William Larsen: Antifa does not represent the Democratic Party
It’s a scarier world than I could have imagined.
No, no, not the hurricanes, nuclear threat or global warming.
I’m talking about the horrifying experience of finding myself agreeing with one comment — and only one — voiced by a certain Republican ex-supervisor in The Union recently.
He had attended two demonstrations in Berkeley, and witnessed “left-wing” antifa “thugs” causing violence and general havoc. Not much liberal outage from that one, he pointed out. Correctly, I thought (since verified accounts of these attacks have been well documented). Hmmm … what’s going on here?
For openers, the writer is dead wrong in his assertion that these antifa jerks represent the “left wing” of the Democratic Party. They don’t. By their own admission, the antifa movement is based on anarchism, which exists outside the political mainstream of conservative vs. liberal. They are at war with government itself, and are unaligned with the Democratic Party.
In terms of separating out “fake news” from real news, this is an essential distinction.
This writer, and others expressing a similar view, is also wrong in the implication that there is a moral equivalency between the white nationalist marchers and those demonstrating on behalf of racial tolerance and democratic values. As Donald Trump asserted (and I find it even more astonishing to agree with this — and only this — assertion by the president), there may have been some “fine people” marching with the Nazis in Charlottesville. But they were misguided and deluded individuals who allowed themselves to be co-opted into supporting despicable anti-American organizations and values in the name of “free speech.”
Regardless of the actions of specific individuals, the “free speech” marchers in Charlottesville marched behind a banner of anti-American fascism, hatred and intolerance, while the counter-demonstrators (who were made up of many different political persuasions) demonstrated in defense of the democratic values and people the far right would oppress. From both an ethical and ideological standpoint, there is no comparison.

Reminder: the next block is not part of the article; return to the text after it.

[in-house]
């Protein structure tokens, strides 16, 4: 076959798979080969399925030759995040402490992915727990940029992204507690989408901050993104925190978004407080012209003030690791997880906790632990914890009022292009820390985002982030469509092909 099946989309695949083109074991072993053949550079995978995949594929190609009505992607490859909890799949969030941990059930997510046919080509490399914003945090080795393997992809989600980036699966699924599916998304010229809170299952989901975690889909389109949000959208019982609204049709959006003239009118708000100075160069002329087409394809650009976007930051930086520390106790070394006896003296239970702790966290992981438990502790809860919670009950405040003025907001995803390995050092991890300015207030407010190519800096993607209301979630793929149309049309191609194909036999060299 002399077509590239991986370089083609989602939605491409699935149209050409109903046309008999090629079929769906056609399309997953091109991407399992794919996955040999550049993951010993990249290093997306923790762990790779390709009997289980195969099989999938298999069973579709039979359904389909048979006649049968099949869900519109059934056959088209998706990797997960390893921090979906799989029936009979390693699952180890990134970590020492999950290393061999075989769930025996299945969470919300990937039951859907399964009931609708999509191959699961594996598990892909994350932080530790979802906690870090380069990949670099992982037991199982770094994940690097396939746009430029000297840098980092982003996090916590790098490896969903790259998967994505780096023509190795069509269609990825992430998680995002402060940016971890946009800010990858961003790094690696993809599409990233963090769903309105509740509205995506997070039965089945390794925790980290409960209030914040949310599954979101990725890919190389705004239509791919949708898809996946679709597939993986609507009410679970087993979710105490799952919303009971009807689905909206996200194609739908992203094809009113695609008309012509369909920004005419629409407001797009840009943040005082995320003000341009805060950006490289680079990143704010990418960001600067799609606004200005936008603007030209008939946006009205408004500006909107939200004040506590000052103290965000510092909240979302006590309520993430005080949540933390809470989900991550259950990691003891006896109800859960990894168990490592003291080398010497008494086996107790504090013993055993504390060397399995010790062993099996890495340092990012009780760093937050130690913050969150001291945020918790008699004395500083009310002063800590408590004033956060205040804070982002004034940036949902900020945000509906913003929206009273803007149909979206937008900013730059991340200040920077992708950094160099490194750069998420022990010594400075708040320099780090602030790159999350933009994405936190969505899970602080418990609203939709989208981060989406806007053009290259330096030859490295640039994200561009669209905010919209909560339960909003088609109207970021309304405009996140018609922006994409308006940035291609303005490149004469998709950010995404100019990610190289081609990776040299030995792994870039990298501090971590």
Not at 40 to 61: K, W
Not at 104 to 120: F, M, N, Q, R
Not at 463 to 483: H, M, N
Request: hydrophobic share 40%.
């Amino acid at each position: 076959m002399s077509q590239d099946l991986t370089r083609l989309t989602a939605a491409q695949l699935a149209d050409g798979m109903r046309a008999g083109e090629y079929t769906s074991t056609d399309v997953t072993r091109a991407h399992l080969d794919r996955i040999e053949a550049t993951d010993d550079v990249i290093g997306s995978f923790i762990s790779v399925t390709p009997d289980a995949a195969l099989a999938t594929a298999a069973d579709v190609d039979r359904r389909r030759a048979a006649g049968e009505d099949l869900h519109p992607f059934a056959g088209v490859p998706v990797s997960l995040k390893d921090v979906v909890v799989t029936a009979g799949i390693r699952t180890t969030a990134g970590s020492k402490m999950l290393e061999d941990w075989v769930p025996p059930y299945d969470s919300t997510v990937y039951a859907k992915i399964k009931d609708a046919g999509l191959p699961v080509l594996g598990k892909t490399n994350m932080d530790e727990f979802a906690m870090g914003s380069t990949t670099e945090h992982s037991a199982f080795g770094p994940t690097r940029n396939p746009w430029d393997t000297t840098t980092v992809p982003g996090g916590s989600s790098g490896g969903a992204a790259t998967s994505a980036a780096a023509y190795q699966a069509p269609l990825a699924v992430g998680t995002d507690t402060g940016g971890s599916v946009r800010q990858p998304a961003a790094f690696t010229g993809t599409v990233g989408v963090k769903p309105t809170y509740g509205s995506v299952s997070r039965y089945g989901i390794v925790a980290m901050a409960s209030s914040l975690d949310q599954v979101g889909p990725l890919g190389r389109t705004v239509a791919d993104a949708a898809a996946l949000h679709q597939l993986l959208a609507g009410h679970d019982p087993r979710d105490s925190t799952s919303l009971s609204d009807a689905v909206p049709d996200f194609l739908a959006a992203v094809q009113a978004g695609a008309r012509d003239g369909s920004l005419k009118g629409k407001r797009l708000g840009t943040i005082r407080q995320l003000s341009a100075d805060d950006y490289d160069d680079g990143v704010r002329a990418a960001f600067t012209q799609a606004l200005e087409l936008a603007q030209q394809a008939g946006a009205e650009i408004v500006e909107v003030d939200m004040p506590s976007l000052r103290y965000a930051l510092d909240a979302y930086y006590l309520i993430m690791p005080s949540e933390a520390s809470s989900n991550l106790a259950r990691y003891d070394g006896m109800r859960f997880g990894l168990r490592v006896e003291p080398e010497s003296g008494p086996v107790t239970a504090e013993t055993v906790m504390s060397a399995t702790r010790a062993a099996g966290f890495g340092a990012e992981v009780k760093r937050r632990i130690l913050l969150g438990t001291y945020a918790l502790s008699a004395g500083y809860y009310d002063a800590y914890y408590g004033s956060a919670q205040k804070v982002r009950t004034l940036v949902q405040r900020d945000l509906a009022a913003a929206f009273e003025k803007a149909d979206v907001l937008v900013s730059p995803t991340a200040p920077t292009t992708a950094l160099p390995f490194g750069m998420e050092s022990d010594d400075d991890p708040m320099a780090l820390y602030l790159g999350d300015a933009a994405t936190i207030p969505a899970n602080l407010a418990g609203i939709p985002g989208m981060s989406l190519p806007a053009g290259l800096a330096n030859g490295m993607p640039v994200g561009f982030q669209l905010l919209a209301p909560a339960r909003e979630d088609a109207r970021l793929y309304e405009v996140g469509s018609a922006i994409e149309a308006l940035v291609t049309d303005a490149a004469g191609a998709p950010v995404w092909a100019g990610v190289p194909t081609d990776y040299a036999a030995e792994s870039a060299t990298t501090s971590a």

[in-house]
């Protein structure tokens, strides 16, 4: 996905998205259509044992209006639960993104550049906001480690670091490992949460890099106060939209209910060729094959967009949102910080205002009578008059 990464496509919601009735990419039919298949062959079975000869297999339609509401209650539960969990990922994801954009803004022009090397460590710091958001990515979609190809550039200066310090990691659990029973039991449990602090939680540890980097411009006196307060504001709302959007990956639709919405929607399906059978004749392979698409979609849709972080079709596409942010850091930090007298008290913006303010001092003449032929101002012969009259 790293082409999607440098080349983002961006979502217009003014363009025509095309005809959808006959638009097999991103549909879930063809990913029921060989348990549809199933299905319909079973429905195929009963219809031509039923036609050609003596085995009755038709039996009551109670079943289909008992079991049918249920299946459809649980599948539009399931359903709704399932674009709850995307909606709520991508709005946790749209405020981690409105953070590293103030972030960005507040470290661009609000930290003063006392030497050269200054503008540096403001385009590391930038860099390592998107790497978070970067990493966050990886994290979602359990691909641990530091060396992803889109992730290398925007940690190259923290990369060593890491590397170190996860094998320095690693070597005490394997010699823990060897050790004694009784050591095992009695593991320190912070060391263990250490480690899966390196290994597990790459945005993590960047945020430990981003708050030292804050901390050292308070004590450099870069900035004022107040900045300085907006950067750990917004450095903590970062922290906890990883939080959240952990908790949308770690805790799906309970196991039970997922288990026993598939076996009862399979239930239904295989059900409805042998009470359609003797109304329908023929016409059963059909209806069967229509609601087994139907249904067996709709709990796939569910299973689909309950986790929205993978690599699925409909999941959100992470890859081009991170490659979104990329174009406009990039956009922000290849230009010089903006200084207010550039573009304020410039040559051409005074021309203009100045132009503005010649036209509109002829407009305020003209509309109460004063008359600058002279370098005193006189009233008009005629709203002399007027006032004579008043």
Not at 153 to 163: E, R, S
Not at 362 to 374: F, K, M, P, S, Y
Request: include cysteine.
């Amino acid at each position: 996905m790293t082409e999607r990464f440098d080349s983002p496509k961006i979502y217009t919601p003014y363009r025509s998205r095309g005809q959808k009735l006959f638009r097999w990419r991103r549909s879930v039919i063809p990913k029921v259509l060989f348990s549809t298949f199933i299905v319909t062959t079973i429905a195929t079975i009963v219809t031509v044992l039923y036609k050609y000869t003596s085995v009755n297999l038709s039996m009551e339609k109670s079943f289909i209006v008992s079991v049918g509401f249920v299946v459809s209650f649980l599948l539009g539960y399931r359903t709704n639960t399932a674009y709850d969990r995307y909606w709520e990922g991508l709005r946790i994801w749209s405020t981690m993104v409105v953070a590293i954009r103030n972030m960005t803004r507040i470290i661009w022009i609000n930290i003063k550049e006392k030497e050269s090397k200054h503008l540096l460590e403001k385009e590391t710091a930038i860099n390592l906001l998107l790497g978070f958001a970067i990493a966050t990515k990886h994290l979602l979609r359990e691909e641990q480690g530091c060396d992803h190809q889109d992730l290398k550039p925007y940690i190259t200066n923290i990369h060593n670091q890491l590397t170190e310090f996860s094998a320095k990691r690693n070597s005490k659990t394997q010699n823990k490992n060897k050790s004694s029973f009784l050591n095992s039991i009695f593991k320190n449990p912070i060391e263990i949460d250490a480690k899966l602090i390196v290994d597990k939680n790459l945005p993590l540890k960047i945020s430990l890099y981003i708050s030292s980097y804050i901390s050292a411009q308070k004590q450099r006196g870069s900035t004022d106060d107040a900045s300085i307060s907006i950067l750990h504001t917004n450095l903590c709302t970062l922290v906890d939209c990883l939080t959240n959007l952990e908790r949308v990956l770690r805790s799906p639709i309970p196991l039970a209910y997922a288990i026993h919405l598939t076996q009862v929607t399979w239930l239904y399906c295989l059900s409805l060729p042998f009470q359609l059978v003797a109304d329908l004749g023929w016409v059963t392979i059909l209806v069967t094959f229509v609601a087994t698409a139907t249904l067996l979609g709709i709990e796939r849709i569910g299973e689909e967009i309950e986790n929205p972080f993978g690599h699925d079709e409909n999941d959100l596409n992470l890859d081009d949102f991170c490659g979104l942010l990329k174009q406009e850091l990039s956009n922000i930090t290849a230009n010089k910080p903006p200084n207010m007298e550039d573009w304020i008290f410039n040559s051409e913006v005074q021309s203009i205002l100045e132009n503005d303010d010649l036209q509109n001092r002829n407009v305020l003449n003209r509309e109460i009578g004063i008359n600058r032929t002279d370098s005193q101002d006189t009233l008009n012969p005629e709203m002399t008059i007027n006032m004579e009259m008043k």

What seems clear at this point is that the progressive left needs to come down unequivocally against the violence of the antifa movement, and do all in its power to prevent their attacks on right-wing demonstrators. We must educate the public that the antifas do not represent an extremist arm of Democratic party, but exist outside the political mainstream and are toxic to the democratic process. Not doing so creates the false — and dangerous — impression that the fascist Nazi element is morally equivalent to its democratic counterpart. Creating such a false equivalency in the media is the ultimate example of fake news, and this malicious manipulation of factual reality sabotages the ideal of a democratic government.
As Andy Warhol famously stated, “It’s not what you are that counts, but what they think you are.”
And here’s a sobering fact we all need to consider: people have a constitutional right to believe in and espouse white supremacy (regardless of how abhorrent this belief might be). White supremacy is simply an idea, and the free expression of ideas are protected under our Constitution. Of course, they do not have the right to promote violence, coercion or lawlessness. But then, neither does anyone. As odious as it may seem, it is our duty as citizens in a supposedly free society to protect the nonviolent expression of even these beliefs.
How to handle the Confederate monuments is a tremendously loaded issue. A united society both talking and listening to one another could probably find ways to negotiate the matter with less acrimony. Gaining a more nuanced understanding of the needs of all sides would perhaps enable us to create out-of-the-box non-coercive solutions to this culturally divisive issue (e.g. establishing a timeline for the removal of Confederate monuments, putting anti-slavery plaques on existing statues, etc.). Doing so would require that we have a dialogic process underway that was dedicated to finding mutually satisfactory solutions, rather than imposing power-based demands.
But, of course, this is not the America we are presently living in, so force and counter-force continues to be the order of the day.
William Larsen lives in Nevada City.
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